The number of pages/hits per second is the most valuable result of testing a site/application capacity and overall performance. If you perform stress testing (testing the site under abnormal or extreme conditions), these graphs will help you find a performance breakpoint.

Note that you can change the time unit (second, minute or hour) and click the Update report and graphs button in the Report Options. Current graphs will be updated using the new time unit.

Active users: Shows the number of virtual users participated in the test.
All: Displays all graphs on this tab.

Bandwidth


Data unit (KBytes/kbit, MBytes/Mbit or GBytes/Gbit) used on this tab is specified in the Report Options.

Sending speed: Shows how many kbits per second were sent to the server.
Receiving speed: Shows how many kbits per second were received from the server.
Sending speed per user: Shows the sending speed per virtual user.
Receiving speed per user: Shows the receiving speed per virtual user.

These graphs will help you know whether the bandwidth of Internet connection to your server is sufficient to provide an acceptable level of performance or not.

Note that you can change the data unit (KBytes/kbit, MBytes/Mbit or GBytes/Gbit) and click the Update report and graphs button in the Report Options. Current graphs will be updated using the new data unit.

Active users: Shows the number of virtual users participated in the test.
All: Displays all graphs on this tab.

Errors


HTTP errors on pages, %: Shows the percentage of responses with HTTP errors from the total number of responses.
Network errors on pages, %: Shows the percentage of responses with network errors from the total number of responses.
Timeouts on pages, %: Shows the percentage of responses with timeouts from the total number of responses.
Validation errors on pages, %: Shows the percentage of responses with validation errors from the total number of responses.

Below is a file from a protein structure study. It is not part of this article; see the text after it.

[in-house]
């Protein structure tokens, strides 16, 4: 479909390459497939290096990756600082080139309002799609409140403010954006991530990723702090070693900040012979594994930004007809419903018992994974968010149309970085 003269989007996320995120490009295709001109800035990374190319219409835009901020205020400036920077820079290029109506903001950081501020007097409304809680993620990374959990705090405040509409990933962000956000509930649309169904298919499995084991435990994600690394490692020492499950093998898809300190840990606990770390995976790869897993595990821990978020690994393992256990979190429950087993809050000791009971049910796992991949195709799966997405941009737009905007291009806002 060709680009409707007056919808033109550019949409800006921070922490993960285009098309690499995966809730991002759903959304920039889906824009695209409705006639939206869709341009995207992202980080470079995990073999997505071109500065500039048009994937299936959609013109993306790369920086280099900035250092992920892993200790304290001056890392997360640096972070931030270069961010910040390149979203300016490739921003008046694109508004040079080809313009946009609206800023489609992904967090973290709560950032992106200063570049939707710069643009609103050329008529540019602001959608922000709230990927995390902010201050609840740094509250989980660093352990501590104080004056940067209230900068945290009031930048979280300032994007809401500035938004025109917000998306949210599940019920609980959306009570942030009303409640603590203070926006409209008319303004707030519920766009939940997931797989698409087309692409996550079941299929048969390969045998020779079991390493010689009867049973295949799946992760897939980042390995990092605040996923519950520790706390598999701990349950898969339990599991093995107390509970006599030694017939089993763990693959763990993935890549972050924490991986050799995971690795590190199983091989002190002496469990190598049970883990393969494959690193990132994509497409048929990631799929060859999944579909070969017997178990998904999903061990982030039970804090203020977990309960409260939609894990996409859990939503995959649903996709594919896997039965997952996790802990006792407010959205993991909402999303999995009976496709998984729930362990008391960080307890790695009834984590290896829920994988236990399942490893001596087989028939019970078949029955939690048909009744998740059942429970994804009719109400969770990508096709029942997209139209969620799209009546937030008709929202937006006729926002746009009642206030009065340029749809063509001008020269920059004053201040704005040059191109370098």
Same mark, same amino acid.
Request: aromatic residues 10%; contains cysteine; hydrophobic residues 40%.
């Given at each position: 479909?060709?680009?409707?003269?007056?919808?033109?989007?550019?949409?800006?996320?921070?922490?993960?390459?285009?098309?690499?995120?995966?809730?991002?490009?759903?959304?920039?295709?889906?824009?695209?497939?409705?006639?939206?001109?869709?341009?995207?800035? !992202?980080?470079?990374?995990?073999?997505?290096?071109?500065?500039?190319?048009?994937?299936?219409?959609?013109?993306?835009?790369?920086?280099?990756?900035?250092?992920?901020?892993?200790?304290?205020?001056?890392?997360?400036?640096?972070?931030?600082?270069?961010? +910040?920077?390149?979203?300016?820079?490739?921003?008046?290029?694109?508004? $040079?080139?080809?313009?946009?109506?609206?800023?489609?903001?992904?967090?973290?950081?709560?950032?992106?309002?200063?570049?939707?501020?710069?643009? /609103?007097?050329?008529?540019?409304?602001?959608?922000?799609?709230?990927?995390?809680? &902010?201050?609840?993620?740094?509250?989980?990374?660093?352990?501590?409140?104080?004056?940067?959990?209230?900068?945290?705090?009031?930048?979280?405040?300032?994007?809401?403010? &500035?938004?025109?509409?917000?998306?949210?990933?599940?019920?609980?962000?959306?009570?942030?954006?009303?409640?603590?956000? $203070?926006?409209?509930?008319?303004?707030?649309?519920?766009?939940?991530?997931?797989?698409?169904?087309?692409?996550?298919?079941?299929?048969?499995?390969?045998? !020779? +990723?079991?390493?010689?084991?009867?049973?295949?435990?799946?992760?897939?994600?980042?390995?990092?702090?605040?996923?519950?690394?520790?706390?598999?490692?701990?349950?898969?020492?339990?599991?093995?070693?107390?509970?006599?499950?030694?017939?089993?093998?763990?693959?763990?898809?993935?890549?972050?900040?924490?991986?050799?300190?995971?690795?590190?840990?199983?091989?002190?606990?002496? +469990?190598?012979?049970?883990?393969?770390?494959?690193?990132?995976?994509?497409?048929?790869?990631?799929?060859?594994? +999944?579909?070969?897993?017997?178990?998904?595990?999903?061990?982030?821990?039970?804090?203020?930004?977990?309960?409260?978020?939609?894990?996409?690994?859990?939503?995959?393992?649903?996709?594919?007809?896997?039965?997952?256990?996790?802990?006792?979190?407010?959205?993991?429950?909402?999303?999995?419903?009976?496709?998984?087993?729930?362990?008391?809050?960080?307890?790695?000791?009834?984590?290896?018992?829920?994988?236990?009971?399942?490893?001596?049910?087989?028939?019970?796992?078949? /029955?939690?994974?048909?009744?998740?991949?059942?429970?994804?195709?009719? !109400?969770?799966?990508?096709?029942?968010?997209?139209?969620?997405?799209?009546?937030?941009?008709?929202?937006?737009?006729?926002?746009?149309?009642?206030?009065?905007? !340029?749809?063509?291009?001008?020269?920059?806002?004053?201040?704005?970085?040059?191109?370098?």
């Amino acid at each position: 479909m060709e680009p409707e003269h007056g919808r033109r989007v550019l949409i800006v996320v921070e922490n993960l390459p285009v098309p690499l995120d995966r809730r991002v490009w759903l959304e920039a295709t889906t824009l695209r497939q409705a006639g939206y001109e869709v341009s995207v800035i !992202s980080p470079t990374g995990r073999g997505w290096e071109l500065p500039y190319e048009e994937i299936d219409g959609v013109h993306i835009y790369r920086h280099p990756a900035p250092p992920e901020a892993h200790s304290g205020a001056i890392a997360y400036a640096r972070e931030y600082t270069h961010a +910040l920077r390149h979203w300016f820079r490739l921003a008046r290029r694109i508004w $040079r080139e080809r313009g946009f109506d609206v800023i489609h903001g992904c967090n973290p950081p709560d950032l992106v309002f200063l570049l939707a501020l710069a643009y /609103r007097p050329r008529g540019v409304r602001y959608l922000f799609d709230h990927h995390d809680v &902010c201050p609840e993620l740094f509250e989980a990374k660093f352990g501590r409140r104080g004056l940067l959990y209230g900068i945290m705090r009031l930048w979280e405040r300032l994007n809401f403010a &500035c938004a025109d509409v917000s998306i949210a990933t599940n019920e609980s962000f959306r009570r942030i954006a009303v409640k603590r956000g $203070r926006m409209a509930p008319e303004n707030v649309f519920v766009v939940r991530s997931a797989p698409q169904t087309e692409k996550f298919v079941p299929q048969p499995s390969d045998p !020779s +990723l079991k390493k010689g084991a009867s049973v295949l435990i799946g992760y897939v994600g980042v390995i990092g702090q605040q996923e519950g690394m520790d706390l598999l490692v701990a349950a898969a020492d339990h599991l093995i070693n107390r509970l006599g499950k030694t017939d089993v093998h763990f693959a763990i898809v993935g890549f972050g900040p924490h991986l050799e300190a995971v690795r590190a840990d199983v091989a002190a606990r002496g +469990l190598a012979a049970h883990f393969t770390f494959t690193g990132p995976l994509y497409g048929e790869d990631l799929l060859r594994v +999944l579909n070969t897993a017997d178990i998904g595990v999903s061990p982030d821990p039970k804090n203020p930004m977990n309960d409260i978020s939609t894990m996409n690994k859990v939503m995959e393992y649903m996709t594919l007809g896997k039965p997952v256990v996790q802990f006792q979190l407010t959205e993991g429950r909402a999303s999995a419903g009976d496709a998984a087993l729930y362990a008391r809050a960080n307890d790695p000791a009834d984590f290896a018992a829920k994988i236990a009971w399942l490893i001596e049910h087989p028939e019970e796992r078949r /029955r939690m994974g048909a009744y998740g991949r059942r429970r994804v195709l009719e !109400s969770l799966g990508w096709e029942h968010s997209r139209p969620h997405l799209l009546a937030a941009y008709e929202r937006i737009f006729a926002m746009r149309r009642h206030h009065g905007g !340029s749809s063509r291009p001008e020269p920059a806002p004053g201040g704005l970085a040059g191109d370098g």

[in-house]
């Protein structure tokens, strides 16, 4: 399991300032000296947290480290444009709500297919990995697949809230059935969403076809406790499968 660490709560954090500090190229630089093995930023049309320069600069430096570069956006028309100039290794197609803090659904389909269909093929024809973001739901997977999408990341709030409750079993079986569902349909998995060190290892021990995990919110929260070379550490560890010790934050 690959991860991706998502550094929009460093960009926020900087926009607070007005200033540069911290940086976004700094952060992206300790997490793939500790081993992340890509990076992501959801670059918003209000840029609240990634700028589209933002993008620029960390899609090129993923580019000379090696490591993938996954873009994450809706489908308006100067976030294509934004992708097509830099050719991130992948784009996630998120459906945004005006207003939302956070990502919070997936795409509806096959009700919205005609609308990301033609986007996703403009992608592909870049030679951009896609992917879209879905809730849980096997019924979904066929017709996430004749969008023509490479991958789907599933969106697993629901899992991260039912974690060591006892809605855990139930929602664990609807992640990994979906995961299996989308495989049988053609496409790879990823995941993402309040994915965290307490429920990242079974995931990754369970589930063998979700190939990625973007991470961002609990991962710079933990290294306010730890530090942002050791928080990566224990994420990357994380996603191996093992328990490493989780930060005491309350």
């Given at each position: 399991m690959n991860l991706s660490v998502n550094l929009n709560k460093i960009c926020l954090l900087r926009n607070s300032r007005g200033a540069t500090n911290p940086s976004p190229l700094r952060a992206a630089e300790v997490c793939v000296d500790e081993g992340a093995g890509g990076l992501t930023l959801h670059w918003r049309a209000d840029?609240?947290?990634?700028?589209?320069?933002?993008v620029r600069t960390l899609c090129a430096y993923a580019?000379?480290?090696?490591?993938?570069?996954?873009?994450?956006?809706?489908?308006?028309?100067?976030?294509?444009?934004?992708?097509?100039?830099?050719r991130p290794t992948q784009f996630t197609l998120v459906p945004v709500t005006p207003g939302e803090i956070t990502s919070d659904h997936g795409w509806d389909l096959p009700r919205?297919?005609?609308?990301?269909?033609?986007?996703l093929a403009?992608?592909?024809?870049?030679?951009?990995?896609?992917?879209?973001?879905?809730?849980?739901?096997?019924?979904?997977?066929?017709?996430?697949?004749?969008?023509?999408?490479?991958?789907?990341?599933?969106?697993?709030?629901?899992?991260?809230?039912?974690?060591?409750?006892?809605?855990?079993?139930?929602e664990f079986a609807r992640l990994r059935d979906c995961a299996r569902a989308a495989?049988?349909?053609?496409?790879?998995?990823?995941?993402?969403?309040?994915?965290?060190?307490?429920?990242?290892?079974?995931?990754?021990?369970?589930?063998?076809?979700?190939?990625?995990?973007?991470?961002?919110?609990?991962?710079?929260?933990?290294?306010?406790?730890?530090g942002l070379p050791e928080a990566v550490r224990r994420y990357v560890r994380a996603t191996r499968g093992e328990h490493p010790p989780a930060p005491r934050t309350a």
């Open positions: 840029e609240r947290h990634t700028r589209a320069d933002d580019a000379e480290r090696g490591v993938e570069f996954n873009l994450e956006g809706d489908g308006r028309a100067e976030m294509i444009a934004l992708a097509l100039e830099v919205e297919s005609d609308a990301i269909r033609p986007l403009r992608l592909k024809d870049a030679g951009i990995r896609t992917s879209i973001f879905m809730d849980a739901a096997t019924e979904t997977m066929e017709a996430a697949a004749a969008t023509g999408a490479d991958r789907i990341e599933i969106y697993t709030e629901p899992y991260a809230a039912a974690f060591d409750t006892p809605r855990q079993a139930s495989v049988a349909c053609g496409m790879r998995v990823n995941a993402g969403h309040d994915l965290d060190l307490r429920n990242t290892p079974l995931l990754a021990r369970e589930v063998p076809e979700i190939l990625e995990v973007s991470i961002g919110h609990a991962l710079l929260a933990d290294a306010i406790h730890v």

HTTP errors on all hits, %: Shows the percentage of responses with HTTP errors from the total number of hits, including the errors of page elements.
Network errors on all hits, %: Shows the percentage of responses with network errors from the total number of hits, including the errors of page elements.
Timeouts on all hits, %: Shows the percentage of responses with timeouts from the total number of hits, including the errors of page elements.
Validation errors on all hits, %: Shows the percentage of responses with validation errors from the total number of hits, including the errors of page elements.

Other errors: Shows the number of JavaScript errors (these are the errors of JavaScript operators and functions included in your profiles) and errors generated by the operators Stop Session, Stop User and Stop Test.

Total errors on all hits, %: Shows the percentage of all responses with errors from the total number of hits, including the errors of page elements.
Total errors on pages, %: Shows the percentage of all responses with errors from the total number of responses.

These graphs will help you know how error rate changes during a test when the number of virtual users is increasing. Error rate is the most valuable result of stress testing where you need to find the maximum number of users that can be served correctly, without errors. You will also need to watch error rate during reliability/endurance tests to verify that it is in acceptable range even after a long run.

You can also view the Errors report for details.
Active users: Shows the number of virtual users participated in the test.
All: Displays all graphs on this tab.

Performance Counters


Graphs on this tab show values measured by performance counters for a tested web server or database server.

Custom


Custom tab represents all graphs from the previous tabs.

Saving the Summary Graphs


You can save any chart as an image in png format in required location. Select a desired tab, right-click on the chart and select the Save Current Chart to Image... option on the context menu.